BELLO and BEL in Italian
BELLO vs. BEL/QUELLO vs. QUEL Everybody knows that quello means that and bello means beautiful or nice. And if you have been learning Italian for a while, you may have noticed that sometimes bello and quello are used in different forms. In fact, it is not rare that bello becomes bel or begli or bei and quello becomes quel or quegli or quei. Many students are not sure about […]
The Italian Indirect Object Pronouns Explained
The Italian Indirect Object Pronouns Explained Yes, pronouns are not easy to grasp, but they’re worth mastering. Why? It’s simple. We use them all the time. We use them to avoid repeating things and be concise, typically in a conversation. It’s the same in English and in many other languages. Knowing the Italian pronouns will […]
Smettere & Fermare: What’s The Difference?
Smettere & Fermare: What’s The Difference? Misusing or swapping the verbs smettere and fermare is one of the most frequent errors Italian learners make, and I understand why. The confusion is driven by the fact that both verbs, in English, have only one translation:to stop. Instead, unlike English, Italian has two different verbs to indicate the action of stopping. One verb is […]
The Guide to Italian Verbs with a Double Auxiliary and How They Work
The Guide to Italian Verbs with a Double Auxiliary and How They Work What’s the difference between ho cambiato and è cambiato? Ho cambiato casa – I’ve changed home (I moved to a different home? il clima è cambiato – The climate changed If you have an eye for details, you have already noticed that […]
Dovere, avere bisogno and servire: what’s the difference?
DOVERE / AVERE BISOGNO DI / MI SERVE / BISOGNA In this post, I want to discuss the differences between three Italian verbs that are often confused. Each of them expresses a need in English. However, they are used in different contexts and are not interchangeable. What’s the difference between dovere, avere bisogno di and servire? The […]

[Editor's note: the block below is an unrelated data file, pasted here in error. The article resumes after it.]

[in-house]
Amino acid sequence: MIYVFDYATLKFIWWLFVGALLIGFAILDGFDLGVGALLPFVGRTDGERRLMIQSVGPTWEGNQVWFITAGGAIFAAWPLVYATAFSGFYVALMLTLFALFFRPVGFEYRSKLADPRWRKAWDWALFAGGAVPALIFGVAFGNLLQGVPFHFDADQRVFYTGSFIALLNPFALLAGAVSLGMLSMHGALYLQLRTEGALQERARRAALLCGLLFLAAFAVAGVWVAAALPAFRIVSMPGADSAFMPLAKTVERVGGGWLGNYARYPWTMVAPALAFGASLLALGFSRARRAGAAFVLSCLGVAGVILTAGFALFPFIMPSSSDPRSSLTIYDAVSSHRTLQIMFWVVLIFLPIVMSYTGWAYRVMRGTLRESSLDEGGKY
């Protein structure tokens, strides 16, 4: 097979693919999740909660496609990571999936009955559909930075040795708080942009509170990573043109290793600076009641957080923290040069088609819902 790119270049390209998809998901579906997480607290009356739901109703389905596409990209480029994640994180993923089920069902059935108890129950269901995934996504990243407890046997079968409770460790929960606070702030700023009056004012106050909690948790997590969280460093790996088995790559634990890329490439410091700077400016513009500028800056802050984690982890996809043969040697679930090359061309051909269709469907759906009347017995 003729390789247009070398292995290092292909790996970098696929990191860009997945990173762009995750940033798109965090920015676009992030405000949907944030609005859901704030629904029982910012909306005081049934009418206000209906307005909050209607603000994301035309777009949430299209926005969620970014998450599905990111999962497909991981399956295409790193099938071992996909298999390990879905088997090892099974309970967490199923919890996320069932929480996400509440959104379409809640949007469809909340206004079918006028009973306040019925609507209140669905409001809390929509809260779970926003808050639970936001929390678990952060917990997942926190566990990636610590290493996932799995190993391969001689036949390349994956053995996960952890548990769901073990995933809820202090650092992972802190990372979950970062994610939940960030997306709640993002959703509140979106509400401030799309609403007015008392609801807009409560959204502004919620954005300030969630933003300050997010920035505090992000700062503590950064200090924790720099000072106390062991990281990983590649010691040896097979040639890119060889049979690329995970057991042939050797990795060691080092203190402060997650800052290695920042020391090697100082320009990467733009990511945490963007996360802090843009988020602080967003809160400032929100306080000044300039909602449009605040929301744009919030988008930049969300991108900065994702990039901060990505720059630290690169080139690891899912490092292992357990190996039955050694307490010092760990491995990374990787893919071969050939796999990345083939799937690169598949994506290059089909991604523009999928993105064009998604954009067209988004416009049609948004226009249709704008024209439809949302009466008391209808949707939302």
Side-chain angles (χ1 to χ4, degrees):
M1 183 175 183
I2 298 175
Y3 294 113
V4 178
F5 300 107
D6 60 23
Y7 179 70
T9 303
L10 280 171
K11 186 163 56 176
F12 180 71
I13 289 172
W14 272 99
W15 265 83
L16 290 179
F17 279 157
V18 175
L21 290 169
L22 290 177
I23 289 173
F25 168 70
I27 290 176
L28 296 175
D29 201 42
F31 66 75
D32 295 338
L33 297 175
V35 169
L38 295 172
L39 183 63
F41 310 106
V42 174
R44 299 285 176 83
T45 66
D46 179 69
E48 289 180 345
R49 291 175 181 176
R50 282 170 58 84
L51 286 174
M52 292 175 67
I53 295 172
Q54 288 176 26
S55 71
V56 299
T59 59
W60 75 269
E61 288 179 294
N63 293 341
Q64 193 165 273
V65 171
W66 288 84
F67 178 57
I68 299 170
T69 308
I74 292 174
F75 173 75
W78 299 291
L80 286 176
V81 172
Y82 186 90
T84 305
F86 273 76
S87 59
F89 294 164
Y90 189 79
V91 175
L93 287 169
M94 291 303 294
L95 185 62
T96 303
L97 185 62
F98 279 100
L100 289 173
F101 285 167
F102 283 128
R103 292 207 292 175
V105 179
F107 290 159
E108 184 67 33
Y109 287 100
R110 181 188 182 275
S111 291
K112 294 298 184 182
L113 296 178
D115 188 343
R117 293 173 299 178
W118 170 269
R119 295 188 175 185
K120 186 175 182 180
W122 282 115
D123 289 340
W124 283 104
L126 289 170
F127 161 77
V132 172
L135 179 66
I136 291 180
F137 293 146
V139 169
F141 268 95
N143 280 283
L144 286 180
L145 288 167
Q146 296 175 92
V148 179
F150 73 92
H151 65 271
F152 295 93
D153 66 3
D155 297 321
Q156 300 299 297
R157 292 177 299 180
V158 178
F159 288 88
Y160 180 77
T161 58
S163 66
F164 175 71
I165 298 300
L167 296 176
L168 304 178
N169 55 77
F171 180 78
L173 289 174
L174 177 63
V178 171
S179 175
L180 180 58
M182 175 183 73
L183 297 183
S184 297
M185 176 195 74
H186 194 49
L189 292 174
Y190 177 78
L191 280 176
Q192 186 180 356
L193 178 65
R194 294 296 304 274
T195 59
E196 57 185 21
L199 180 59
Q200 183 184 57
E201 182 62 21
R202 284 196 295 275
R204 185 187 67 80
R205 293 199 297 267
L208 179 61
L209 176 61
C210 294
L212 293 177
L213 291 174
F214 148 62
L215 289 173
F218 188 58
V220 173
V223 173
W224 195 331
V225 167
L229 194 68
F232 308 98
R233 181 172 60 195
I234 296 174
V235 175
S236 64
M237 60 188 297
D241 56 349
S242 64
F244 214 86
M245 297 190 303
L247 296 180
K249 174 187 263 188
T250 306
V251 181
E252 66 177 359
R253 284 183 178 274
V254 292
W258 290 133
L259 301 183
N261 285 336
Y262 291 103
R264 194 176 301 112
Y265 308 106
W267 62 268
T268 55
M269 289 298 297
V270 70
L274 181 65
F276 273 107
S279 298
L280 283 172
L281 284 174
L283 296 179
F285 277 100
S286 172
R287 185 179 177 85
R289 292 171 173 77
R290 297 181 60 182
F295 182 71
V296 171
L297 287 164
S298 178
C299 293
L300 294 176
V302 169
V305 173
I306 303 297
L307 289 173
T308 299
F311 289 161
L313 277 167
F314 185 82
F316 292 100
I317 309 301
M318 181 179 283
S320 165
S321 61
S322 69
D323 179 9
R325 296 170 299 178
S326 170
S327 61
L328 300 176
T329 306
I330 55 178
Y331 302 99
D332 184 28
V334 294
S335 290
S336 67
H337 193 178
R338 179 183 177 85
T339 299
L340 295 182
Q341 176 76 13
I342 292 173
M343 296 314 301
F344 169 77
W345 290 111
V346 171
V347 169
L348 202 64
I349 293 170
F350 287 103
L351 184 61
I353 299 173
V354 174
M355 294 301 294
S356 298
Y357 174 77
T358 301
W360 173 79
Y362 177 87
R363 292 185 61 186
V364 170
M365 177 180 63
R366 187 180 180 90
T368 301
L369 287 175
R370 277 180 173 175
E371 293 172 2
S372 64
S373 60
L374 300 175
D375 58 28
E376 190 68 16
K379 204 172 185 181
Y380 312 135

The difference between Lasciare, Partire, Uscire & Andare via
The difference between Lasciare, Partire, Uscire, Andare via In this article I want to shed light on the difference in the usage of four Italian verbs that my students mix up all the time! lasciare – to leave (permanently) partire – to leave for/from uscire – to leave, to go out, to hang out andare […]
The Past Conditional in Italian Explained
The Past Conditional in Italian Explained In Italian, there is a present conditional and a past conditional. The key difference between the present conditional and the past conditional is that the first comprises one element, and the second includes two elements, (the auxiliary and the past participle. The auxiliary will be the present conditional of “avere” or “essere”, […]
Essere and Stare: what’s the difference?
Essere & Stare: What’s the Difference? In Italian, there are two verbs that have just one equivalent in English: stare and essere. They are not interchangeable, though. The good news is that in 95% of the cases, the verb to use is essere. So, when in doubt, use essere! However, there are cases where use stare is […]